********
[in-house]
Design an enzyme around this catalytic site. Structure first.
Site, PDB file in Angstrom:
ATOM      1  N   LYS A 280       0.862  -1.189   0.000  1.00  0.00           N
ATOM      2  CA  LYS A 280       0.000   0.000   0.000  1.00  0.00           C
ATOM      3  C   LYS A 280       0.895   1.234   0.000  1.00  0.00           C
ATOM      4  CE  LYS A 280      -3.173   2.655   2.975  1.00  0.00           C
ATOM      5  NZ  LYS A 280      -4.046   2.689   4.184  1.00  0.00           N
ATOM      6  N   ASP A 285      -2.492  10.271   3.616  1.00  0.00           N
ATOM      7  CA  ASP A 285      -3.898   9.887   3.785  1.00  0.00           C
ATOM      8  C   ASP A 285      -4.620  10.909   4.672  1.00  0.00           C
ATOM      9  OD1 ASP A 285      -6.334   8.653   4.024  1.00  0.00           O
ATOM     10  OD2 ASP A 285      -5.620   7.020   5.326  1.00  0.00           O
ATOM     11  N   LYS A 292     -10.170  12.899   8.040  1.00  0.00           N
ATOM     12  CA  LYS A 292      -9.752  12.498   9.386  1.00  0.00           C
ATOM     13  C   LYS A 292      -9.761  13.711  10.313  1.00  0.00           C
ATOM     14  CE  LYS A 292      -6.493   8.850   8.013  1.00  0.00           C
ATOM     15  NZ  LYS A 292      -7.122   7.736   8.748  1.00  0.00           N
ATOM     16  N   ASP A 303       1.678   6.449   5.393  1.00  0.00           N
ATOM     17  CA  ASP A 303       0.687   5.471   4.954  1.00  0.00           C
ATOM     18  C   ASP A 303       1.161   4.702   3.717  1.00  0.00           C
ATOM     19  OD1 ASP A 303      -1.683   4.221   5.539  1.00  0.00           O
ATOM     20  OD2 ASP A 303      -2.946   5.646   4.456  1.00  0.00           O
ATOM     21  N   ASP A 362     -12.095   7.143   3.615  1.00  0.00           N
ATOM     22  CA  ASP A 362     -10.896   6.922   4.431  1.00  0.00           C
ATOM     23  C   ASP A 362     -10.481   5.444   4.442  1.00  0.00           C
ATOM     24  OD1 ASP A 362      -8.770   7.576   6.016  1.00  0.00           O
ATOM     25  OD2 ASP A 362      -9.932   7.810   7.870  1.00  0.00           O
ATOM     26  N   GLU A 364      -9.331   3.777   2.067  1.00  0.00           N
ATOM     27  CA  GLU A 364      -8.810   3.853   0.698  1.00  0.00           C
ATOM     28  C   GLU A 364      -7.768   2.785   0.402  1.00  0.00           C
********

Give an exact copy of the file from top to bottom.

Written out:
[in-house]
Design an enzyme around this catalytic site. Structure first.
Site, PDB file in Angstrom:
ATOM      1  N   LYS A 280       0.862  -1.189   0.000  1.00  0.00           N
ATOM      2  CA  LYS A 280       0.000   0.000   0.000  1.00  0.00           C
ATOM      3  C   LYS A 280       0.895   1.234   0.000  1.00  0.00           C
ATOM      4  CE  LYS A 280      -3.173   2.655   2.975  1.00  0.00           C
ATOM      5  NZ  LYS A 280      -4.046   2.689   4.184  1.00  0.00           N
ATOM      6  N   ASP A 285      -2.492  10.271   3.616  1.00  0.00           N
ATOM      7  CA  ASP A 285      -3.898   9.887   3.785  1.00  0.00           C
ATOM      8  C   ASP A 285      -4.620  10.909   4.672  1.00  0.00           C
ATOM      9  OD1 ASP A 285      -6.334   8.653   4.024  1.00  0.00           O
ATOM     10  OD2 ASP A 285      -5.620   7.020   5.326  1.00  0.00           O
ATOM     11  N   LYS A 292     -10.170  12.899   8.040  1.00  0.00           N
ATOM     12  CA  LYS A 292      -9.752  12.498   9.386  1.00  0.00           C
ATOM     13  C   LYS A 292      -9.761  13.711  10.313  1.00  0.00           C
ATOM     14  CE  LYS A 292      -6.493   8.850   8.013  1.00  0.00           C
ATOM     15  NZ  LYS A 292      -7.122   7.736   8.748  1.00  0.00           N
ATOM     16  N   ASP A 303       1.678   6.449   5.393  1.00  0.00           N
ATOM     17  CA  ASP A 303       0.687   5.471   4.954  1.00  0.00           C
ATOM     18  C   ASP A 303       1.161   4.702   3.717  1.00  0.00           C
ATOM     19  OD1 ASP A 303      -1.683   4.221   5.539  1.00  0.00           O
ATOM     20  OD2 ASP A 303      -2.946   5.646   4.456  1.00  0.00           O
ATOM     21  N   ASP A 362     -12.095   7.143   3.615  1.00  0.00           N
ATOM     22  CA  ASP A 362     -10.896   6.922   4.431  1.00  0.00           C
ATOM     23  C   ASP A 362     -10.481   5.444   4.442  1.00  0.00           C
ATOM     24  OD1 ASP A 362      -8.770   7.576   6.016  1.00  0.00           O
ATOM     25  OD2 ASP A 362      -9.932   7.810   7.870  1.00  0.00           O
ATOM     26  N   GLU A 364      -9.331   3.777   2.067  1.00  0.00           N
ATOM     27  CA  GLU A 364      -8.810   3.853   0.698  1.00  0.00           C
ATOM     28  C   GLU A 364      -7.768   2.785   0.402  1.00  0.00           C